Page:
Made in Canada: or mostly

Consumers use labels on food products to determine whether the foods they buy come from Canada, including the Canadian ingredients in a product, and/or if it was manufactured in Canada.


The Canadian Food Inspection Agency (CFIA) has launched a public consultation on the labelling guidelines for “Product of Canada” and “Made in Canada.” 


In a CFIA news release, the agency says that Canadians want information about the Canadian content of their food to make purchasing decisions that match their personal interest. "The current guidelines make it difficult for consumers to identify products with Canadian content. And they do not align with guidelines used in some provinces and territories, such as Quebec and Manitoba."


An example familiar to Canadian horticulture is apple juice. Much apple concentrate comes from China, and the labelling is not as clear as it could be for truly Canadian produced and processed apple juice. Another example cited by CFIA is a jar of pickles - grown and processed in Canada, but it can't be called "Product of Canada" because the vinegar isn't Canadian made.  At the current 98 per cent threshold for Canadian content, the jar of pickles would qualify.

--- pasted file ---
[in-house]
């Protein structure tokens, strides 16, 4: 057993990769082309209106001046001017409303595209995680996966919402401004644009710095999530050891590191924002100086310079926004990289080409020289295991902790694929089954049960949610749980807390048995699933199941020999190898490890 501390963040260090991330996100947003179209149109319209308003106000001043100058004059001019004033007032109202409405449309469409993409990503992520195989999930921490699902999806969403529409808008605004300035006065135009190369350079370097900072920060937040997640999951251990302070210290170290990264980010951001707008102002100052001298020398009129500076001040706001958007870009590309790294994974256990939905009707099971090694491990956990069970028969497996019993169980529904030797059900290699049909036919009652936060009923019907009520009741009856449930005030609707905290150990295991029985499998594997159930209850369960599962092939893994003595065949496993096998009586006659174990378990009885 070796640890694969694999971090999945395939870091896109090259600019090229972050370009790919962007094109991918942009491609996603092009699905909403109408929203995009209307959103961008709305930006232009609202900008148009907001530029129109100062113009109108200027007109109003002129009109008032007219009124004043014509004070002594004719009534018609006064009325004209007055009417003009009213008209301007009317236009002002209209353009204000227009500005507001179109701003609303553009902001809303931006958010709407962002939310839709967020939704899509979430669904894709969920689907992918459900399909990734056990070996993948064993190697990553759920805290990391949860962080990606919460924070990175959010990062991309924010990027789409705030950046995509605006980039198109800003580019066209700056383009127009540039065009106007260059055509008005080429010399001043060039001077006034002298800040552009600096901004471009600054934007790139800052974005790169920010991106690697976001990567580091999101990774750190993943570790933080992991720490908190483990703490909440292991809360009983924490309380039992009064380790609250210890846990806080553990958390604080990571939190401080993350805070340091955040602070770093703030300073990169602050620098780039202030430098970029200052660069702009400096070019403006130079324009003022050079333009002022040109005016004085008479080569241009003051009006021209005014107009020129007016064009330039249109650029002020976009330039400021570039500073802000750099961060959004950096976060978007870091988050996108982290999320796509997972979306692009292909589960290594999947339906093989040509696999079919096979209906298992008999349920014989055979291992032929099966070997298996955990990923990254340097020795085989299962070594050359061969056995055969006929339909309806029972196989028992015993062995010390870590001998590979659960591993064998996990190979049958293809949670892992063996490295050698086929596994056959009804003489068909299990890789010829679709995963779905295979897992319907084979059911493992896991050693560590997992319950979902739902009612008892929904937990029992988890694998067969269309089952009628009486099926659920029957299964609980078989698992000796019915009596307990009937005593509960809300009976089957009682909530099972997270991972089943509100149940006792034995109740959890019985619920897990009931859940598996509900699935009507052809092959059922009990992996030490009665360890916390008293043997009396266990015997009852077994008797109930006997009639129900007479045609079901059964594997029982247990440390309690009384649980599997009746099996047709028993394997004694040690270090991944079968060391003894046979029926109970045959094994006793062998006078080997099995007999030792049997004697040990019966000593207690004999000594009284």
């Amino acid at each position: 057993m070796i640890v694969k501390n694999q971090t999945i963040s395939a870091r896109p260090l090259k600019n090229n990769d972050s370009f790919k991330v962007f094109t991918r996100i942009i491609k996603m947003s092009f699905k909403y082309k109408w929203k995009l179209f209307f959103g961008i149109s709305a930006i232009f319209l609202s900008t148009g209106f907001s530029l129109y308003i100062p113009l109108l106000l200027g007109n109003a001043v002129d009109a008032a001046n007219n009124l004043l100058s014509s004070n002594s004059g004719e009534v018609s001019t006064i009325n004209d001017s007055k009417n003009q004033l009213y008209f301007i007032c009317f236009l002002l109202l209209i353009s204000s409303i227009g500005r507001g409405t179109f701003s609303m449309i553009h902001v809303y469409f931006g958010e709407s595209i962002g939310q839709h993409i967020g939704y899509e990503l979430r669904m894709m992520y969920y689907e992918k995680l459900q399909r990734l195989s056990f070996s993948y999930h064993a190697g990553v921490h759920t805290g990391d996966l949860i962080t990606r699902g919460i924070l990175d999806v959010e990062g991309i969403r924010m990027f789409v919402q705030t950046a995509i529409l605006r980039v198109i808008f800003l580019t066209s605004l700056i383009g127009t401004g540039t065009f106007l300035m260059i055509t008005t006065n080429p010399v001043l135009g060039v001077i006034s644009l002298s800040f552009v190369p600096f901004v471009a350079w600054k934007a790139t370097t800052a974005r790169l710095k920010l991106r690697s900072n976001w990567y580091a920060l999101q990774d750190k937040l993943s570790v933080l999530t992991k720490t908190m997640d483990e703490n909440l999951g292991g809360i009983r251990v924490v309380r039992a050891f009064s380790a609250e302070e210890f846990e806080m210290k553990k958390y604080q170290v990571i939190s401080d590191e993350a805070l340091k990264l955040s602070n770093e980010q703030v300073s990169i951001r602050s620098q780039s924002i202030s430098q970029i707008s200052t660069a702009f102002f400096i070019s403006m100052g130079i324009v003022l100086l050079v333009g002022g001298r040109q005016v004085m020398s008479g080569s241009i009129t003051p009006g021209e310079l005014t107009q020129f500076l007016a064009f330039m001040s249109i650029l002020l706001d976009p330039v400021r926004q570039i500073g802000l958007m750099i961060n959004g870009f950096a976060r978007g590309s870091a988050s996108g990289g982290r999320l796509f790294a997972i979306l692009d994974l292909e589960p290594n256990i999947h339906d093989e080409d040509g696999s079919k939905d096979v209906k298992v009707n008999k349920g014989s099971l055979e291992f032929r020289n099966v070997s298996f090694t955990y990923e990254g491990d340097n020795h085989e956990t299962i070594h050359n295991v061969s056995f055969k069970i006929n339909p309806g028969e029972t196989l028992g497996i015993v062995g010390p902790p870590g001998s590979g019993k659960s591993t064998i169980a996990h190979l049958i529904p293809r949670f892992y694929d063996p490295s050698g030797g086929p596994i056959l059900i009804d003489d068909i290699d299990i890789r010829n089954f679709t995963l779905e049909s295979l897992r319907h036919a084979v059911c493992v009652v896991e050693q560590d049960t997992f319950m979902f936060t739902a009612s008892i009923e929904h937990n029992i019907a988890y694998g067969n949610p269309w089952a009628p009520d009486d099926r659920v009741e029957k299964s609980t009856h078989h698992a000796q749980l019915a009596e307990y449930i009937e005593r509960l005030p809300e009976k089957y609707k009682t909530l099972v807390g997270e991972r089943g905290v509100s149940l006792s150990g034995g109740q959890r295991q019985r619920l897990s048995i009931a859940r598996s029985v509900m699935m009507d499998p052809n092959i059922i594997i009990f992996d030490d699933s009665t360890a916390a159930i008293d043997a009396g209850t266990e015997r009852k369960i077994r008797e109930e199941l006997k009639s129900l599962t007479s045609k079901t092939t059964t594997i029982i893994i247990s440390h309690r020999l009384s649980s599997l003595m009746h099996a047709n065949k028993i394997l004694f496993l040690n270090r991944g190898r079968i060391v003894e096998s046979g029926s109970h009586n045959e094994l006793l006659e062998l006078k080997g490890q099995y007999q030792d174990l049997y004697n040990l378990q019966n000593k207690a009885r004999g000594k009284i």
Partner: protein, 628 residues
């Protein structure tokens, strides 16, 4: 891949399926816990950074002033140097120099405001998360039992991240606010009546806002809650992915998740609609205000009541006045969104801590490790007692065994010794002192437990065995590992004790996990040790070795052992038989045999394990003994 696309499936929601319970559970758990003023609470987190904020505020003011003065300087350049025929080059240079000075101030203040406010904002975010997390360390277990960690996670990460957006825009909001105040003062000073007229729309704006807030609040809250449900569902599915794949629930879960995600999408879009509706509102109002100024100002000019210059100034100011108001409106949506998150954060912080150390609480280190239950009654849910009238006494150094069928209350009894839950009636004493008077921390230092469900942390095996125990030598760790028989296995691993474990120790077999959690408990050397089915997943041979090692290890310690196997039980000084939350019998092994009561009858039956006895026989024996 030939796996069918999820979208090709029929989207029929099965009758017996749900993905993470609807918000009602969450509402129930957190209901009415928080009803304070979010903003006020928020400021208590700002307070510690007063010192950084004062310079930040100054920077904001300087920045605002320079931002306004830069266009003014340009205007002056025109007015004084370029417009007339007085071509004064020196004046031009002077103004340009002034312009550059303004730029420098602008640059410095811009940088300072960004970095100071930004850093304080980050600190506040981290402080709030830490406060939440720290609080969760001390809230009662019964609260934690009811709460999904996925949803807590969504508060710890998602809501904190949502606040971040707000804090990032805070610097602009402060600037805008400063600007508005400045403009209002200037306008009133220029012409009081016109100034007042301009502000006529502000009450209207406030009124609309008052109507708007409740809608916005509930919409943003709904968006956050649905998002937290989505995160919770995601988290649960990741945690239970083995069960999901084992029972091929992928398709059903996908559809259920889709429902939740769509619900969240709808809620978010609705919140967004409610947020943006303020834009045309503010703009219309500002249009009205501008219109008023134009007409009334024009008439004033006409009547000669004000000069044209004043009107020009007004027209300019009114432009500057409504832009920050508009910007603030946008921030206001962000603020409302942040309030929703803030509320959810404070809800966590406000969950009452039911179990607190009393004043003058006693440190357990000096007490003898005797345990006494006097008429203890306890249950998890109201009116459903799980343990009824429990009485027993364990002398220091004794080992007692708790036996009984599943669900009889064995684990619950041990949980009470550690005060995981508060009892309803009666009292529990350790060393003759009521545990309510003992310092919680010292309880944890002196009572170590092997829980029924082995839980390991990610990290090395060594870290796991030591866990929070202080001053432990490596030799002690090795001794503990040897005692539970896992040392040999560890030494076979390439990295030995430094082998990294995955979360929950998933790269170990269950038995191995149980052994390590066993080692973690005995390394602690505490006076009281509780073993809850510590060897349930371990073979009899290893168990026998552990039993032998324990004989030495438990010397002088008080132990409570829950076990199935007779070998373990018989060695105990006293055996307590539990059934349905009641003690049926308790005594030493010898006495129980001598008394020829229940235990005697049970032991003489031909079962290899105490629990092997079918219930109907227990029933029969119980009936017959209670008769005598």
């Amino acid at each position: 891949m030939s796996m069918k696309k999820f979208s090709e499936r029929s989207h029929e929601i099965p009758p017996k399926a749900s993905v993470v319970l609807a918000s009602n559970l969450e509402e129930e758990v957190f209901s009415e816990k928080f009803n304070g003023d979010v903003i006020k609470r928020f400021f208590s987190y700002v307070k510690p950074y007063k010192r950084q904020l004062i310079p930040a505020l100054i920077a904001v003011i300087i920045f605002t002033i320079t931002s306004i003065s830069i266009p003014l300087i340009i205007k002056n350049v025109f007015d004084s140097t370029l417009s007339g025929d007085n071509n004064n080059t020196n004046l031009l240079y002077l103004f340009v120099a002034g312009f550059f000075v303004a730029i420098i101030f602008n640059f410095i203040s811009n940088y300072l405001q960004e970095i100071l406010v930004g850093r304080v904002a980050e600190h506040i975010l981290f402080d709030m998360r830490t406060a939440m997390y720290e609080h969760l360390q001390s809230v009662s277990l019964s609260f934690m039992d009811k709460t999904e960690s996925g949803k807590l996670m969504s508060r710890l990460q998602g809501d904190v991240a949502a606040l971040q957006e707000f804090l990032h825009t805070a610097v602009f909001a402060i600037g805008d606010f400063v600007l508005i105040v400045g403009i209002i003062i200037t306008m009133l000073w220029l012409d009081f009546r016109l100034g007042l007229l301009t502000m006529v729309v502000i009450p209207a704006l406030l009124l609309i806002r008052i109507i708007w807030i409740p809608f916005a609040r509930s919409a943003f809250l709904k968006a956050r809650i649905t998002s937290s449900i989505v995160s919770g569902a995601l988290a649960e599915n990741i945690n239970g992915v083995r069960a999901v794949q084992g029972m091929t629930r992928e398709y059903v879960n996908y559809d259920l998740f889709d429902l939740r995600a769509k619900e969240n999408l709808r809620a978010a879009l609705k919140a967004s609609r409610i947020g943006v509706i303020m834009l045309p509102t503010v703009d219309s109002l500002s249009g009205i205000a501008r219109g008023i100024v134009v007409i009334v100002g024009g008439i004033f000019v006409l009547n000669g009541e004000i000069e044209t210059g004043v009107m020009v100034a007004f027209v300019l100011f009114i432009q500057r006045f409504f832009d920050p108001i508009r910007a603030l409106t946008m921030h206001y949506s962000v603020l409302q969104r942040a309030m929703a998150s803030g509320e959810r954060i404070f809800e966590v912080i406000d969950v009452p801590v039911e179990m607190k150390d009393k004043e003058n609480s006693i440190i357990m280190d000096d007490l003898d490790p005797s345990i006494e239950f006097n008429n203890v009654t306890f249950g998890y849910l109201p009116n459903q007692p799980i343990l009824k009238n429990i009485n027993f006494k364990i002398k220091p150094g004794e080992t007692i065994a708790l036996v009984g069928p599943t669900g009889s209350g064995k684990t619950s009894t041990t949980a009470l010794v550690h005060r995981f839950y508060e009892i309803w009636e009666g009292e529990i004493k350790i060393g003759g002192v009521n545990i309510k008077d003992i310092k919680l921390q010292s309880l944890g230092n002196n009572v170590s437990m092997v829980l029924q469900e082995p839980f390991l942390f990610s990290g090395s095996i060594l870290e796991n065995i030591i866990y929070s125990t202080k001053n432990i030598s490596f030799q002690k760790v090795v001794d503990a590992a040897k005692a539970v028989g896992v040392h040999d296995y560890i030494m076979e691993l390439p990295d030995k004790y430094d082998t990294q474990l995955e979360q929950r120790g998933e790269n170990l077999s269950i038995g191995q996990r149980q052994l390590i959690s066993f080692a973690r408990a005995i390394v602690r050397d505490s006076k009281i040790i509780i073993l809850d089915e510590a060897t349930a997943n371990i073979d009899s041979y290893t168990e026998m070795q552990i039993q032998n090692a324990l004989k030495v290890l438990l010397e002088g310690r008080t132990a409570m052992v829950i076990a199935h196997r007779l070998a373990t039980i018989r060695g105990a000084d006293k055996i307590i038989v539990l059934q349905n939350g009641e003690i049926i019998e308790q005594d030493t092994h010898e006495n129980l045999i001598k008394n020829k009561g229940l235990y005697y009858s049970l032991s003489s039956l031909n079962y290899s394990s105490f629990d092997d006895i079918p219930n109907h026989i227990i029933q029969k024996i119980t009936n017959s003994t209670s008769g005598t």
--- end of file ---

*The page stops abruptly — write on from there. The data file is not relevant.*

The current labelling guidelines and proposed changes are shown in the CFIA news release.  To participate in the online survey, go to CFIA survey.


Source: Canadian Food Inspection Agency May 27, 2019 news release

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Publish date: 
Thursday, May 30, 2019

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